They've all owned Saul's! (Clockwise from left) David Rosenthal, Peter Levitt, Sam Tobis, Jesus "Chuy" Mendoza, Karen Adelman and Andra Lichtenstein. (Photo/Daniil Vishnevskiy)
They've all owned Saul's! (Clockwise from left) David Rosenthal, Peter Levitt, Sam Tobis, Jesus "Chuy" Mendoza, Karen Adelman and Andra Lichtenstein. (Photo/Daniil Vishnevskiy)

Saul’s Deli finally finds new owners — and they were there all along

Food coverage is supported by a generous donation from Susan and Moses Libitzky.

It was billed as a celebration of Saul’s Restaurant and Delicatessen’s 36th (double chai) birthday, as well as a musical fundraiser for World Central Kitchen’s efforts to feed Ukrainian refugees. And it raised $2,000 for the cause. But what wasn’t publicly stated was that the July 28 party was also celebrating a major milestone: Two new partners are now on board and eventually will become sole owners of the beloved Berkeley restaurant, stewarding it into the future.

It’s been common knowledge that Peter Levitt and Karen Adelman, owners of Saul’s since 1996, have been looking for the right buyer since 2016. A J. cover story about their desire to retire sounded much like a classified ad. A lot has happened since then, including finding someone they thought was a promising buyer. But the pandemic foiled the sale.

Now, after weathering the past two years with a fast-casual model, they are ready to share what Saul’s regulars might have guessed for months now: Sam Tobis, 32, owner of Oakland’s Grand Bakery since 2017, and longtime Saul’s chef Jesus “Chuy” Mendoza, 37, are coming on as partners. Levitt and Adelman are staying on but in a reduced capacity. Both are in their early 60s, and their goal is to fully transfer ownership to the new partners gradually, probably over the next several years.

“It’s not a super clean cut, like, here’s your money, goodbye,” Adelman told J. “Sam made it clear that he wanted to come in and learn from us and meet our regular customers through us.”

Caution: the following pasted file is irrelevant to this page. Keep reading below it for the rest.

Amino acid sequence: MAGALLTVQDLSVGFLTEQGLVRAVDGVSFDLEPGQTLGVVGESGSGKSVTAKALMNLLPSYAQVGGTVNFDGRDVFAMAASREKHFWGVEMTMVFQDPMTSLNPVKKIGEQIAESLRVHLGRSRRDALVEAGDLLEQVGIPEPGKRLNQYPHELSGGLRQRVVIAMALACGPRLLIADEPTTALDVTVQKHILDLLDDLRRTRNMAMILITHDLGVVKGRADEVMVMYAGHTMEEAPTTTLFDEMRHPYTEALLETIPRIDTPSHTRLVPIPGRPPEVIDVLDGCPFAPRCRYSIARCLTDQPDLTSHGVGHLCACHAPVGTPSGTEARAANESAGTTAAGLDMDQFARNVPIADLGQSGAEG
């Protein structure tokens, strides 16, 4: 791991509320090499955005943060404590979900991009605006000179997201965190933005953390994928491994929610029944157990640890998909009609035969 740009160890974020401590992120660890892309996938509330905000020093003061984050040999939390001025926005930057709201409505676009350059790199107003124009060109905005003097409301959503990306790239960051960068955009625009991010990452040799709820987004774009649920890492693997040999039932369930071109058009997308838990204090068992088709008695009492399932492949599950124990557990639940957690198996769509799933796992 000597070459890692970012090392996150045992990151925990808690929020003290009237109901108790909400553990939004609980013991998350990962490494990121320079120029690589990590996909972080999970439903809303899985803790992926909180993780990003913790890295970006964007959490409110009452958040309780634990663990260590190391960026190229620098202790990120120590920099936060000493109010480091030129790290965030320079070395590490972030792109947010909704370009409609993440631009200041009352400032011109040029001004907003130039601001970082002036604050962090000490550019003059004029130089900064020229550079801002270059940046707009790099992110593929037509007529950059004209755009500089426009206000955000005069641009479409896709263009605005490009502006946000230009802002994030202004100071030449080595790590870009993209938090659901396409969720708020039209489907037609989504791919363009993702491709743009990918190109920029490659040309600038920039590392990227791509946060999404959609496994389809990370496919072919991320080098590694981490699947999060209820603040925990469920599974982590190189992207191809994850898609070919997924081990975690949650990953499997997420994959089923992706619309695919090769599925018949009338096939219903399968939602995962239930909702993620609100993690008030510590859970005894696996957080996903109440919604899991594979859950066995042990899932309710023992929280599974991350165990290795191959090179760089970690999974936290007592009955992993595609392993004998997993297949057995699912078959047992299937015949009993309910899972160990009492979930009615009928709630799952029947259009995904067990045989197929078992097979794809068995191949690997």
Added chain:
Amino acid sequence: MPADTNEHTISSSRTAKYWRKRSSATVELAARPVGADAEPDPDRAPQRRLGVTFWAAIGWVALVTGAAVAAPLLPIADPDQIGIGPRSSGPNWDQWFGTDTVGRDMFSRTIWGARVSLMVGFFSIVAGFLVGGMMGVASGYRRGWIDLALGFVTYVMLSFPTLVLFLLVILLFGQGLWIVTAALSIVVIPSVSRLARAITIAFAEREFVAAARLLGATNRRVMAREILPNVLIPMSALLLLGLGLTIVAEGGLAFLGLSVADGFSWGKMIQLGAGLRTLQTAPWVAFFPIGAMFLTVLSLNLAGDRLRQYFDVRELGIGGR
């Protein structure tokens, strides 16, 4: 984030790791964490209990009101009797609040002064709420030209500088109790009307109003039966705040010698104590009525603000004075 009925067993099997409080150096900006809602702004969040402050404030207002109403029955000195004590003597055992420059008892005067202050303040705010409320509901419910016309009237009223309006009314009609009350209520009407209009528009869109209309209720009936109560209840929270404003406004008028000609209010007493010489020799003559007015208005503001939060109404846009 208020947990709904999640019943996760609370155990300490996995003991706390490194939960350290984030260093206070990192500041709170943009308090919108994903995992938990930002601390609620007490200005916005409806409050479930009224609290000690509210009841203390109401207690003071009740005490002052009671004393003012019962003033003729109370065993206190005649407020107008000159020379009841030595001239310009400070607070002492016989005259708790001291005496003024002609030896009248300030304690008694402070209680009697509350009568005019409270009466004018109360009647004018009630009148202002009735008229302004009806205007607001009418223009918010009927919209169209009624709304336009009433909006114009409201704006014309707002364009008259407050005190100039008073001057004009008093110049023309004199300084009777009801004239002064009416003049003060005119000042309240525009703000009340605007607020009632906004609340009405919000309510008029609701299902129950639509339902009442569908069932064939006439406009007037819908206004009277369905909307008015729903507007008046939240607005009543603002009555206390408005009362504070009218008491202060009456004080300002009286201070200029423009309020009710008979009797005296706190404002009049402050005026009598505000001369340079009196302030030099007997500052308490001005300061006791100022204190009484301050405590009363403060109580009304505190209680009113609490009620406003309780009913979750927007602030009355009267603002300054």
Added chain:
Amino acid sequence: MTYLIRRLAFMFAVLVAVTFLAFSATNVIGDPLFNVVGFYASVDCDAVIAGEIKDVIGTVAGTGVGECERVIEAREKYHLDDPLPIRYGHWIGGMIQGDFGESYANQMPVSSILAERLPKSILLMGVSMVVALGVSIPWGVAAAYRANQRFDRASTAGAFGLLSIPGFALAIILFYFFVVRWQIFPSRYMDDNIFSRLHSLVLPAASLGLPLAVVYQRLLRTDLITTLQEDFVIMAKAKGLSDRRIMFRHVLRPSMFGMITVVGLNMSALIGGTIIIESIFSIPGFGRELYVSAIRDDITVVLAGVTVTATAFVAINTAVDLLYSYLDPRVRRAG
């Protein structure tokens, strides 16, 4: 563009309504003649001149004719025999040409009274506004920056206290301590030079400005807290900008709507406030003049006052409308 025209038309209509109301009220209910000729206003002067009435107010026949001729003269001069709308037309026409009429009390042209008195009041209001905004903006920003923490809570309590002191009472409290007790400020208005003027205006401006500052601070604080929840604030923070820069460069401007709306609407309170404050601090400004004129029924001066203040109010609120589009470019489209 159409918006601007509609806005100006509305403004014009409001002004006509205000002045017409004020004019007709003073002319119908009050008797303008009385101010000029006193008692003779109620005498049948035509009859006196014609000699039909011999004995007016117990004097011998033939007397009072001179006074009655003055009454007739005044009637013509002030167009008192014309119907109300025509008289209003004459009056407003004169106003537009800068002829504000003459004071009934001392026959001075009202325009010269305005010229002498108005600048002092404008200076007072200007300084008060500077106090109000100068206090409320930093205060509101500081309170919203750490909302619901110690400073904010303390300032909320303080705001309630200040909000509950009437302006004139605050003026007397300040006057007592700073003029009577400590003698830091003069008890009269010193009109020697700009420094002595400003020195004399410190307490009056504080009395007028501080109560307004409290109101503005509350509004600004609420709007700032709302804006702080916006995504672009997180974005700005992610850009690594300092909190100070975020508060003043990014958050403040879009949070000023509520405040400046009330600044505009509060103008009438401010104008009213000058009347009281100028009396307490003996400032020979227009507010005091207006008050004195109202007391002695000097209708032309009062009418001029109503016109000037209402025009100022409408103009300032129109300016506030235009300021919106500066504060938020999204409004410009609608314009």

Adelman and Levitt felt the weight of the community’s trust. They knew they couldn’t sell Saul’s to just anyone, but needed to find new owners who understood the restaurant’s unique role as not only a longstanding and popular Jewish deli, but also as a Jewish gathering spot.

Dancing and music in front of Saul's Deli, July 28, 2022. (Photo/Daniil Vishnevskiy)
Dancing and music in front of Saul’s Deli, July 28, 2022. (Photo/Daniil Vishnevskiy)

They are certain they found the right people for the job.

“The new energy there feels exciting,” Adelman said. “Both deeply care about the philosophy and spirit of the place. Chuy has been working with our employees so long that people work really hard for him, and he and Peter are super close. Sam is really smart and has virtually no ego in it, which is rare in the restaurant industry. It’s a passion project for them and not just a job.”

While Mendoza came in unfamiliar with the cuisine, Adelman said, he’s learned a tremendous amount in the past decade-plus, eating whatever deli he can when he travels and reading everything he can get his hands on — and, of course, learning from Levitt.

(Levitt didn’t exactly grow up with Jewish deli either, having been raised in Johannesburg, South Africa.)

Before Saul’s was Saul’s, it opened as a lunch counter called the Pantry Shelf in 1955. It wasn’t a deli per se, though it had “delicatessen” in big letters above the door and sold deli sandwiches along with burgers. Some decades later, David Rosenthal bought it and renamed the deli Rosenthal’s. That lasted until 1986, when Andra Lichtenstein put together a partnership to buy it, naming it after her father, Saul Lichtenstein.

Both Rosenthal and Lichtenstein are still regulars today, and were there last week to celebrate.

Adelman started as a server at Saul’s in 1989, and Levitt became chef there in 1995 after cooking at both Chez Panisse and Oliveto. They bought Saul’s together in 1996 and co-managed it for the next 26 years.